Cover Story: Prosecutors Say Two Houston Men Sold Analog Drugs That Killed Teenagers Over 1,000 Miles Away.

Keep Houston Press Free
I Support
  • Local
  • Community
  • Journalism
  • logo

Support the independent voice of Houston and help keep the future of Houston Press free.

When kids in North Dakota and Minnesota started overdosing and dropping dead from synthetic drugs in a span of a week last year, authorities there knew they had a problem on their hands. It didn't take long for them to trace the drugs -- called 25-I or NBOME -- to a dealer in Grand Forks, North Dakota, who bought them online from a company in Houston.

The company, Motion Research, purported to sell "research chemicals" imported from various countries, and marketed as "not for human consumption."

This caught the eye of investigators of the U.S. Department of Homeland Security; and when one of the founders of Motion Research decided to snitch his two coworkers out, a tough federal prosecutor in North Dakota had one hell of a case: he painted two Houston men as the ringleaders of a conspiracy that, all told, has embroiled 13 defendants. It is one of the first far-reaching prosecutions of analog drugs sold online.

The two Houston men, Charles Carlton and John Polinski, could receive life sentences, while their partner, Harry "Scootdog" Mickelis, escaped charges, thanks to his cooperation in a case that shouldn't have needed his help in the first place.

The drugs Carlton and Polinksi allegedly sold are still of course available from a multitude of online vendors; and amateur chemists are constantly tweaking the molecular structures of their drugs in order to stay one step ahead of state and federal laws that can't quite seem to keep up.

Take a look inside the investigation, and the world of analog drugs, in this week's cover story, "Breaking Bad."

Follow Houston Press on Facebook and on Twitter @HairBallsNews or @HoustonPress.

Keep the Houston Press Free... Since we started the Houston Press, it has been defined as the free, independent voice of Houston, and we would like to keep it that way. Offering our readers free access to incisive coverage of local news, food and culture. Producing stories on everything from political scandals to the hottest new bands, with gutsy reporting, stylish writing, and staffers who've won everything from the Society of Professional Journalists' Sigma Delta Chi feature-writing award to the Casey Medal for Meritorious Journalism. But with local journalism's existence under siege and advertising revenue setbacks having a larger impact, it is important now more than ever for us to rally support behind funding our local journalism. You can help by participating in our "I Support" membership program, allowing us to keep covering Houston with no paywalls.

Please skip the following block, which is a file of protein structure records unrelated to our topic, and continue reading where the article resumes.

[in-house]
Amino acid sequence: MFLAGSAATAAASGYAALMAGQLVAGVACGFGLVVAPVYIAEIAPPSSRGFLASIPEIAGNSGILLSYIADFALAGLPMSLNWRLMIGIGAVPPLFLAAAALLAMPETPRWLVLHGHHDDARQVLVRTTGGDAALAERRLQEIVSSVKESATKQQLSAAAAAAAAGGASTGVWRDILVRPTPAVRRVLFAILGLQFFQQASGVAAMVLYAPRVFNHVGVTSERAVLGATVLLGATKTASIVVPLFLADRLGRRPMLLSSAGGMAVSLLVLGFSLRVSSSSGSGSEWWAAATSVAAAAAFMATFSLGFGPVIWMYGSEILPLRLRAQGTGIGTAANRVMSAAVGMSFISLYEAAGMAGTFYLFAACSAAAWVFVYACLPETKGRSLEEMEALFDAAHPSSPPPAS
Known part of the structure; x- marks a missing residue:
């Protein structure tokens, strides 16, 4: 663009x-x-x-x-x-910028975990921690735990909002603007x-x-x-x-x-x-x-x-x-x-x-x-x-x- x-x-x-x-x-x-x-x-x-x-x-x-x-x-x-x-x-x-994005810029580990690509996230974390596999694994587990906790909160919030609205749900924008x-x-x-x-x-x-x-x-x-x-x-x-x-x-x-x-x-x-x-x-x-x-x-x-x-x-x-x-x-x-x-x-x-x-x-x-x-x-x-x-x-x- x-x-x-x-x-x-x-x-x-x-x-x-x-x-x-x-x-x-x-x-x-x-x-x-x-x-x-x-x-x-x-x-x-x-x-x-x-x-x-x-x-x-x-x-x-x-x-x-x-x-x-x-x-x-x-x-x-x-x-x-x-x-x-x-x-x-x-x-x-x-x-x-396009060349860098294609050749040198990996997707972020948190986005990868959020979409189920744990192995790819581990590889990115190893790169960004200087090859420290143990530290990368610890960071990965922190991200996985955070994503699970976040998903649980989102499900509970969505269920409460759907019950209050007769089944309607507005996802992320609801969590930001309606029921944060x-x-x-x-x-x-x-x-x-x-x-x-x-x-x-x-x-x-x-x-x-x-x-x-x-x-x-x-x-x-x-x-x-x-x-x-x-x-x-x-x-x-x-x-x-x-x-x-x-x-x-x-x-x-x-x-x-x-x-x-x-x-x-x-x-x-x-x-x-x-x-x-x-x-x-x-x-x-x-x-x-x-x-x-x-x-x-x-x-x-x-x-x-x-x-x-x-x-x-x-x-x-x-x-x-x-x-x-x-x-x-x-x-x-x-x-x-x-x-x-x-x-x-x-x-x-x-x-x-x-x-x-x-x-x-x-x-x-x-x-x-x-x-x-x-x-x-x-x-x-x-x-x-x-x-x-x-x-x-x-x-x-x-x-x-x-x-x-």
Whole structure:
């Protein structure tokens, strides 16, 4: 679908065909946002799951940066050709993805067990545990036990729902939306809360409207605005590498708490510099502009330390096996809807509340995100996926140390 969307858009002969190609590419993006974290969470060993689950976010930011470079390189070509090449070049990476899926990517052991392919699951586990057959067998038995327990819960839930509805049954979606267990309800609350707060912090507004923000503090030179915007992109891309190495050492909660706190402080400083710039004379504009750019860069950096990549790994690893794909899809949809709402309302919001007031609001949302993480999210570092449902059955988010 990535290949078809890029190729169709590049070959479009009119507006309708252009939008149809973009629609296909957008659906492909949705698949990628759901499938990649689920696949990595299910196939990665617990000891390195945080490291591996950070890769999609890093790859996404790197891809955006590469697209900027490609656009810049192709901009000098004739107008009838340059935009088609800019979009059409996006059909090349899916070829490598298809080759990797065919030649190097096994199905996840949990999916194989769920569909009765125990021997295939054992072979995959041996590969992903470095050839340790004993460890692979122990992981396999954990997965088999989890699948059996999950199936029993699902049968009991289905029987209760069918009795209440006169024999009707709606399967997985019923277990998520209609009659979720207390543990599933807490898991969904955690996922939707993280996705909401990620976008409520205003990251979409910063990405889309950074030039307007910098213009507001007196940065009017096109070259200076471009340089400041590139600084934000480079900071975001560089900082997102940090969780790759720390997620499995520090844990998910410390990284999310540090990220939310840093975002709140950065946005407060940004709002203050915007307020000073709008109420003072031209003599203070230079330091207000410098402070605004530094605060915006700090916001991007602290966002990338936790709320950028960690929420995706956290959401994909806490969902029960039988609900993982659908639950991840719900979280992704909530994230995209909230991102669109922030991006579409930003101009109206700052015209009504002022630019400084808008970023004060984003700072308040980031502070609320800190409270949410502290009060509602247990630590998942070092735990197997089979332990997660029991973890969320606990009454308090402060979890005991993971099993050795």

We use cookies to collect and analyze information on site performance and usage, and to enhance and customize content and advertisements. By clicking 'X' or continuing to use the site, you agree to allow cookies to be placed. To find out more, visit our cookies policy and our privacy policy.


Join the Press community and help support independent local journalism in Houston.


Join the Press community and help support independent local journalism in Houston.